West Africa's vanishing lions: Why only a few remain
In West Africa, only 400 lions remain, making them likely the most endangered lions on the planet, according to researchers.
(Philipp Henschel/Panthera via AP)
Lions, that symbol of Africa's wild beauty, power and freedom, no longer roam in Mali. Or in Ivory Coast or Ghana or war-shattered eastern Congo. Or most of the rest of West Africa.
Three years of searching and no sight of a lion for Philipp Henschel, lion survey coordinator for the New York-based Panthera conservation group.
Then he saw it, his first lion in West Africa. And in of all places, Nigeria.
"It came as a big surprise because Nigeria has by far the biggest human population on the continent, and the national parks are fairly small compared to others in West Africa that already have lost their lions," Henschel told The Associated Press.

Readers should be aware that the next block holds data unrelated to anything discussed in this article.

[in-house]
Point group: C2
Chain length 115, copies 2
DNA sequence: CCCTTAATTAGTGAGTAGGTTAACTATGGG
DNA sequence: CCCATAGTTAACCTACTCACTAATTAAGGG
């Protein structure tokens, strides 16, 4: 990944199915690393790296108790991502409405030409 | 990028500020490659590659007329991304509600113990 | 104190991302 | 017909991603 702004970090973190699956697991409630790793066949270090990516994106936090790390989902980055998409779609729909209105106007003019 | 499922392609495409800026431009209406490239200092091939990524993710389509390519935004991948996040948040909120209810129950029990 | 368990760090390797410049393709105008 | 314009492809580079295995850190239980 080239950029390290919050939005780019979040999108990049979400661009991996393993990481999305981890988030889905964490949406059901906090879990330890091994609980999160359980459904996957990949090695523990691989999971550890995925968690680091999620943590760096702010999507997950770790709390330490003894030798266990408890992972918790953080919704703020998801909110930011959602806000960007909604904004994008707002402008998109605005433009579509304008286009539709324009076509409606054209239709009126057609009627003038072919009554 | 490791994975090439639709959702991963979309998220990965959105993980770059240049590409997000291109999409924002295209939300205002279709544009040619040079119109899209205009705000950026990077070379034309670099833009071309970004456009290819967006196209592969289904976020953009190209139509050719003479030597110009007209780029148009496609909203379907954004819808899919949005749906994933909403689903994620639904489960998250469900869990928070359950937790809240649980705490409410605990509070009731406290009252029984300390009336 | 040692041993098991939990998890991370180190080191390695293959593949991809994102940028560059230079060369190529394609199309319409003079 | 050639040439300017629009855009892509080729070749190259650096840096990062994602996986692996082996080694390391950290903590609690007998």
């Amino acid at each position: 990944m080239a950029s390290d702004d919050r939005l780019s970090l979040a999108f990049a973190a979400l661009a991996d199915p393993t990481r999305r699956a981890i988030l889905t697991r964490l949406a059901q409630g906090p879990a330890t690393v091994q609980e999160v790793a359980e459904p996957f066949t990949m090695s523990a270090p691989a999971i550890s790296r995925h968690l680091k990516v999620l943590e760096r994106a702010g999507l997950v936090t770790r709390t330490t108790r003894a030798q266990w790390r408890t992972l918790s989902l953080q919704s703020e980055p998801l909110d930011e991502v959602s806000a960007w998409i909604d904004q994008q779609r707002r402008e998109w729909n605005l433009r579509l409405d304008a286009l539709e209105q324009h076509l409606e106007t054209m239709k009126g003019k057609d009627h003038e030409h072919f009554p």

"Everyone was excited, including rangers from Nigeria's National Park Service — it was the first time they had seen one too."
That was in 2009. The count was depressing: 25 to 30 lions left in Kainji Lake National Park in west-central Nigeria and only about five in the east-central Yankari National Park. Three years earlier, Nigerian conservationists had reported lions present in six protected areas, but they had apparently disappeared in four of them, Henschel said.
Henschel has gone on to survey all 21 protected areas believed to harbor lions in West Africa. He has seen only nine lions in four reserves, including Senegal's Niokolo-Koba National Park and the trans-frontier Pendjari and Arli National Parks of Benin and Burkina Faso.
His research, published last year, reported that lions no longer exist in 99 percent of their historic range in West Africa — a finding that prompted the International Union for Conservation of Nature to put the lions of West Africa on its Red List as critically endangered.